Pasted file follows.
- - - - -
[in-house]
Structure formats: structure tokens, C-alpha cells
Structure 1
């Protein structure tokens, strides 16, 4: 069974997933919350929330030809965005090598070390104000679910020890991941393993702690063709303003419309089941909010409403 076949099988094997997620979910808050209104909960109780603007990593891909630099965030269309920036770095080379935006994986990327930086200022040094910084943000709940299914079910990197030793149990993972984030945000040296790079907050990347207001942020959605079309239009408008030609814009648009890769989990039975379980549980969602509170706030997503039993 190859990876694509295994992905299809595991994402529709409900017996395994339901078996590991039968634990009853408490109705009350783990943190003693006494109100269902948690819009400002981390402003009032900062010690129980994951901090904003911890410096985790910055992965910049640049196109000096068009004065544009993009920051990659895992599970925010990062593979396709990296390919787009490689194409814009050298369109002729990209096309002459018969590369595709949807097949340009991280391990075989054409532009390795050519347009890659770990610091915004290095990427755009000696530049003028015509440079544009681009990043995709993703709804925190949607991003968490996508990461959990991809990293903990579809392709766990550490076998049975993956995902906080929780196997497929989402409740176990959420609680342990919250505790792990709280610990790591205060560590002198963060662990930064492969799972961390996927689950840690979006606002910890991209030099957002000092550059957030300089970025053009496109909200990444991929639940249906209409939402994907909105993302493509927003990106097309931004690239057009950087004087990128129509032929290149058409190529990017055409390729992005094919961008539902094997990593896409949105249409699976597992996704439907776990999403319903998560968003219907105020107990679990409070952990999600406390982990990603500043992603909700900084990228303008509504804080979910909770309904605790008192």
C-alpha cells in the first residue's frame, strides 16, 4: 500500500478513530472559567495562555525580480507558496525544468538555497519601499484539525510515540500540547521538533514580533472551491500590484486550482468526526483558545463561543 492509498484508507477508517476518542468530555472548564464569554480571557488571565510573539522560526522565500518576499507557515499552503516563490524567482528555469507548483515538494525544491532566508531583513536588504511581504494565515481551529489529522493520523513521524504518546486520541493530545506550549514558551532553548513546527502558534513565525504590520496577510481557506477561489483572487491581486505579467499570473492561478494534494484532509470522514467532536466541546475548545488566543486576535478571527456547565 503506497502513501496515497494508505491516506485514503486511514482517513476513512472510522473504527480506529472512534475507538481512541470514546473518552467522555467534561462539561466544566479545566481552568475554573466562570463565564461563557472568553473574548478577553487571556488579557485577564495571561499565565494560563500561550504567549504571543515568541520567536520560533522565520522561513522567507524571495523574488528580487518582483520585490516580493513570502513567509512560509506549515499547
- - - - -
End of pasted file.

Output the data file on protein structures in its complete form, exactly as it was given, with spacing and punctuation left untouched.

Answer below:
[in-house]
Structure formats: structure tokens, C-alpha cells
Structure 1
């Protein structure tokens, strides 16, 4: 069974997933919350929330030809965005090598070390104000679910020890991941393993702690063709303003419309089941909010409403 076949099988094997997620979910808050209104909960109780603007990593891909630099965030269309920036770095080379935006994986990327930086200022040094910084943000709940299914079910990197030793149990993972984030945000040296790079907050990347207001942020959605079309239009408008030609814009648009890769989990039975379980549980969602509170706030997503039993 190859990876694509295994992905299809595991994402529709409900017996395994339901078996590991039968634990009853408490109705009350783990943190003693006494109100269902948690819009400002981390402003009032900062010690129980994951901090904003911890410096985790910055992965910049640049196109000096068009004065544009993009920051990659895992599970925010990062593979396709990296390919787009490689194409814009050298369109002729990209096309002459018969590369595709949807097949340009991280391990075989054409532009390795050519347009890659770990610091915004290095990427755009000696530049003028015509440079544009681009990043995709993703709804925190949607991003968490996508990461959990991809990293903990579809392709766990550490076998049975993956995902906080929780196997497929989402409740176990959420609680342990919250505790792990709280610990790591205060560590002198963060662990930064492969799972961390996927689950840690979006606002910890991209030099957002000092550059957030300089970025053009496109909200990444991929639940249906209409939402994907909105993302493509927003990106097309931004690239057009950087004087990128129509032929290149058409190529990017055409390729992005094919961008539902094997990593896409949105249409699976597992996704439907776990999403319903998560968003219907105020107990679990409070952990999600406390982990990603500043992603909700900084990228303008509504804080979910909770309904605790008192």
C-alpha cells in the first residue's frame, strides 16, 4: 500500500478513530472559567495562555525580480507558496525544468538555497519601499484539525510515540500540547521538533514580533472551491500590484486550482468526526483558545463561543 492509498484508507477508517476518542468530555472548564464569554480571557488571565510573539522560526522565500518576499507557515499552503516563490524567482528555469507548483515538494525544491532566508531583513536588504511581504494565515481551529489529522493520523513521524504518546486520541493530545506550549514558551532553548513546527502558534513565525504590520496577510481557506477561489483572487491581486505579467499570473492561478494534494484532509470522514467532536466541546475548545488566543486576535478571527456547565 503506497502513501496515497494508505491516506485514503486511514482517513476513512472510522473504527480506529472512534475507538481512541470514546473518552467522555467534561462539561466544566479545566481552568475554573466562570463565564461563557472568553473574548478577553487571556488579557485577564495571561499565565494560563500561550504567549504571543515568541520567536520560533522565520522561513522567507524571495523574488528580487518582483520585490516580493513570502513567509512560509506549515499547